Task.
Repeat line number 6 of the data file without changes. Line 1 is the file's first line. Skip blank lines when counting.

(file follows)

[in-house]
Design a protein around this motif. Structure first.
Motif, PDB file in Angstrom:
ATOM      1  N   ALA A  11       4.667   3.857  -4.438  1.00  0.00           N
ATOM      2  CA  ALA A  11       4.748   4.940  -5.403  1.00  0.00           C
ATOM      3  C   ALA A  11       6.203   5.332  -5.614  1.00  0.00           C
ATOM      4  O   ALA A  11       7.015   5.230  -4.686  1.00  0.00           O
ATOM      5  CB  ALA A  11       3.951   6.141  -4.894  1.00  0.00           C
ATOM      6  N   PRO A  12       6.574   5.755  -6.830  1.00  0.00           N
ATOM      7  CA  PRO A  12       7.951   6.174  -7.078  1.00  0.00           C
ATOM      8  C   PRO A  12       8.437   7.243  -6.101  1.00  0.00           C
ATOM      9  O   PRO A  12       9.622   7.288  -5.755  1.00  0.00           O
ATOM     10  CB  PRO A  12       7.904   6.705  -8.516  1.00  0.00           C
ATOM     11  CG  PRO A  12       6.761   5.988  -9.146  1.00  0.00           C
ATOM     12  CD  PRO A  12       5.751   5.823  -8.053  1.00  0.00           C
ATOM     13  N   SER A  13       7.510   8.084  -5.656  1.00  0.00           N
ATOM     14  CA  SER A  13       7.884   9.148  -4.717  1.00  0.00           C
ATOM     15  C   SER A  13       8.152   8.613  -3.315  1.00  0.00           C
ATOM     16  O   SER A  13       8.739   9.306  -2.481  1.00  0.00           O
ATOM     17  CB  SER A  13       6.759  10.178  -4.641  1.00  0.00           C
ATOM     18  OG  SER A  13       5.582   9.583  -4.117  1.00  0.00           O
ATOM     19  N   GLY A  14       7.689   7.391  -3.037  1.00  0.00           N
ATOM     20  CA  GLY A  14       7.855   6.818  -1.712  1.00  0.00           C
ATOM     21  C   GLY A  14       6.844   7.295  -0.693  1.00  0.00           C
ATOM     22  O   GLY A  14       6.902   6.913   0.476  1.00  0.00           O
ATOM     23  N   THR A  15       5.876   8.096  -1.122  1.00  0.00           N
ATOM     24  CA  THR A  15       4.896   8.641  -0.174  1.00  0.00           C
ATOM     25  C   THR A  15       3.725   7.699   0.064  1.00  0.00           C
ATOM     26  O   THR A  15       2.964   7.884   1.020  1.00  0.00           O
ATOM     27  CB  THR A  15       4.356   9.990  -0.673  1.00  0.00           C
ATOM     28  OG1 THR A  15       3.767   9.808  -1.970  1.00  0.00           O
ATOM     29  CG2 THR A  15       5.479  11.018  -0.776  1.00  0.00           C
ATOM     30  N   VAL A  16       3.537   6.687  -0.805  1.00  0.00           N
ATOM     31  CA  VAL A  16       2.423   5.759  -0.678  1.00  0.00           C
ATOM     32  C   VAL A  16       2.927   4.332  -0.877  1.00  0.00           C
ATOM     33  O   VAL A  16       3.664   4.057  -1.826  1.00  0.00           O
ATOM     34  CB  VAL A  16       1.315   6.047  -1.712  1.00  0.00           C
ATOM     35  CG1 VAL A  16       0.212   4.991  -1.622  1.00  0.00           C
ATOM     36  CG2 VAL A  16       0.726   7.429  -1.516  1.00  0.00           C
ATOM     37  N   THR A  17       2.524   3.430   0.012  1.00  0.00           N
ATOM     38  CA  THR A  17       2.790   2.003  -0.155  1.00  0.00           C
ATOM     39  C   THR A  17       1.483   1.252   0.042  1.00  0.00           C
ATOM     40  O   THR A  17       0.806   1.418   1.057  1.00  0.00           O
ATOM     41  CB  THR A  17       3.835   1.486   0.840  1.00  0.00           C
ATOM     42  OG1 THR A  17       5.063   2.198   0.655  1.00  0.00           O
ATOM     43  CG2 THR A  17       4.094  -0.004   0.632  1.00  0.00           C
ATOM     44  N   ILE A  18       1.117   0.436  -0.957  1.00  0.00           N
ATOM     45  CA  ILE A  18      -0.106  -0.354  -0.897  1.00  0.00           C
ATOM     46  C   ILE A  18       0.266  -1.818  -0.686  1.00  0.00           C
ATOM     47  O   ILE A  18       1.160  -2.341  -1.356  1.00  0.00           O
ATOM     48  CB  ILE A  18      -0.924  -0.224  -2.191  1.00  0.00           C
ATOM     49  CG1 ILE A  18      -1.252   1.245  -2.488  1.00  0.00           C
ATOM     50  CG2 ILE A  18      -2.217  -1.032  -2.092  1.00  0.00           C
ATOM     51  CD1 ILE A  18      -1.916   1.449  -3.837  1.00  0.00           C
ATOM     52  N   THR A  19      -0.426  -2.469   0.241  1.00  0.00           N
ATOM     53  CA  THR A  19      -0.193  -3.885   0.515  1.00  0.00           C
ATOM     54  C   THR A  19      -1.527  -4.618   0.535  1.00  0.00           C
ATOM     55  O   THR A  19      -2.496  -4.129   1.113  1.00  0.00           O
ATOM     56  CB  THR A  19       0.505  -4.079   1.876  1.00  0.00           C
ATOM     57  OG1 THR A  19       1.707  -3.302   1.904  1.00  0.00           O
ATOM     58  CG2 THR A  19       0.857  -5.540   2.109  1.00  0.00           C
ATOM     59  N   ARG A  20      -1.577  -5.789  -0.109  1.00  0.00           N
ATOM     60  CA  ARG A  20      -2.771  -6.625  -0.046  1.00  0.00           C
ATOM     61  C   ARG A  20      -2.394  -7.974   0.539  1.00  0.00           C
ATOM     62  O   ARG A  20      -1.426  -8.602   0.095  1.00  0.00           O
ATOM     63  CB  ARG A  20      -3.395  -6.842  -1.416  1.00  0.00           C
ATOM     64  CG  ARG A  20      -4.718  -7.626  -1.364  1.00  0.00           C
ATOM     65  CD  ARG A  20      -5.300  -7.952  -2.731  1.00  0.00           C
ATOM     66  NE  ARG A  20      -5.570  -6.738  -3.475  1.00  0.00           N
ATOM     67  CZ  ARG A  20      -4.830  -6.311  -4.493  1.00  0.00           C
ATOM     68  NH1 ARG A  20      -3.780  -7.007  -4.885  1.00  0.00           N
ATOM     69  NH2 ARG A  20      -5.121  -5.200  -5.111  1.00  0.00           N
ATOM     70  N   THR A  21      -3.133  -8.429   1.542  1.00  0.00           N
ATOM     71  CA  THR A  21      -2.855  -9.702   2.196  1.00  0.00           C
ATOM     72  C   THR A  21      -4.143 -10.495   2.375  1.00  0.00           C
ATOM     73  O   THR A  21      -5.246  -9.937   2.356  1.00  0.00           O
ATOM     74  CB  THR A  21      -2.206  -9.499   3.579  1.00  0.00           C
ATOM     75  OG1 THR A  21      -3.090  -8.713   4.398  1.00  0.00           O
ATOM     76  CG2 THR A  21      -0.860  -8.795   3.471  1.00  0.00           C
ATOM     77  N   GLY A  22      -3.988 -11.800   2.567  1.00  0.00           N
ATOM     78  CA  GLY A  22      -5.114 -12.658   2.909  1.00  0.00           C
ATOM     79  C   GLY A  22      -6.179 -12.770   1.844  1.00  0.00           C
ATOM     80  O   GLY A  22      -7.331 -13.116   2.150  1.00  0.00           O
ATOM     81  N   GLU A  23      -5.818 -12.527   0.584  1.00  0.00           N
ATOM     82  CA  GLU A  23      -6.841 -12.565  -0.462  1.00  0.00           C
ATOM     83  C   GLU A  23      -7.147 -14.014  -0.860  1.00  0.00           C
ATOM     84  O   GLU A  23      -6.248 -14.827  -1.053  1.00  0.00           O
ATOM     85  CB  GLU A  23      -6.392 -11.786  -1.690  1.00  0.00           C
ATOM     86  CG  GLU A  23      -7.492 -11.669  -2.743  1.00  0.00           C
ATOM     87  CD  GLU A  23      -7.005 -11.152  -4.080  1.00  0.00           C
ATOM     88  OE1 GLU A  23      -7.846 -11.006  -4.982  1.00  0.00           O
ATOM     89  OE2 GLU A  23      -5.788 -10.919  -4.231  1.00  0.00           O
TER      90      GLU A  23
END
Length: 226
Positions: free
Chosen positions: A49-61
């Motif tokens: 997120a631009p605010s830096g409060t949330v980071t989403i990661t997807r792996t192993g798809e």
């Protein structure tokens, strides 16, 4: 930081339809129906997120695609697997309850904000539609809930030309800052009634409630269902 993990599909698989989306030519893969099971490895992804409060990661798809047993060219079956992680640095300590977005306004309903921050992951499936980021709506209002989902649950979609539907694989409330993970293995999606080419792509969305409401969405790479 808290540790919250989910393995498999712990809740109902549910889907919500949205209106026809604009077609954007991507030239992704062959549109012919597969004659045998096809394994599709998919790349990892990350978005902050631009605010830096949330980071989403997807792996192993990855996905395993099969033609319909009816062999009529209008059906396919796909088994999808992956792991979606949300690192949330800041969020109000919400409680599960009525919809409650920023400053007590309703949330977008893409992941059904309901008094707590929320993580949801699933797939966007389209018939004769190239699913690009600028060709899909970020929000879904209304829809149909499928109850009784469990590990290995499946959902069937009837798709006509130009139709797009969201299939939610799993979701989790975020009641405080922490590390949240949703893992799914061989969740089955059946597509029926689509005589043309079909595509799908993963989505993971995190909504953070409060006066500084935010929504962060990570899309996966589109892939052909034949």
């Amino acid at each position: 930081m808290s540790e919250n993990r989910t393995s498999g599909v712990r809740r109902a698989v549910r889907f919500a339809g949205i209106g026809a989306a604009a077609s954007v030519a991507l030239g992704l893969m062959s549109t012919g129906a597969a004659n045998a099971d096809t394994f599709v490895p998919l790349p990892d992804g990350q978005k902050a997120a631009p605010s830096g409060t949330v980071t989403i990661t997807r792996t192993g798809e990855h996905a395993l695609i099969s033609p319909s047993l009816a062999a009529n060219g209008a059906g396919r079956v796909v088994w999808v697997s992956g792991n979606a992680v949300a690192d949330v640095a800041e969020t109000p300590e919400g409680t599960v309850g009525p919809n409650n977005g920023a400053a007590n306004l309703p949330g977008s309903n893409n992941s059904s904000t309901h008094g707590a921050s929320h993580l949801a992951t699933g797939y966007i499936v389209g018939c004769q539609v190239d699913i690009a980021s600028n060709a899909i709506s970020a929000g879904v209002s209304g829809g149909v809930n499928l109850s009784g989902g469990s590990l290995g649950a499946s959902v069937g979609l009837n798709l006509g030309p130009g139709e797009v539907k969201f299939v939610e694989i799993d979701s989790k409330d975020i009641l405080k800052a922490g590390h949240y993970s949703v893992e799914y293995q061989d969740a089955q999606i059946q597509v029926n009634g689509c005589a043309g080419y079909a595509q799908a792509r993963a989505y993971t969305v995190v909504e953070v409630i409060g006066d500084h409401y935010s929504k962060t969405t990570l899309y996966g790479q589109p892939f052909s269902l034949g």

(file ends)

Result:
ATOM      3  C   ALA A  11       6.203   5.332  -5.614  1.00  0.00           C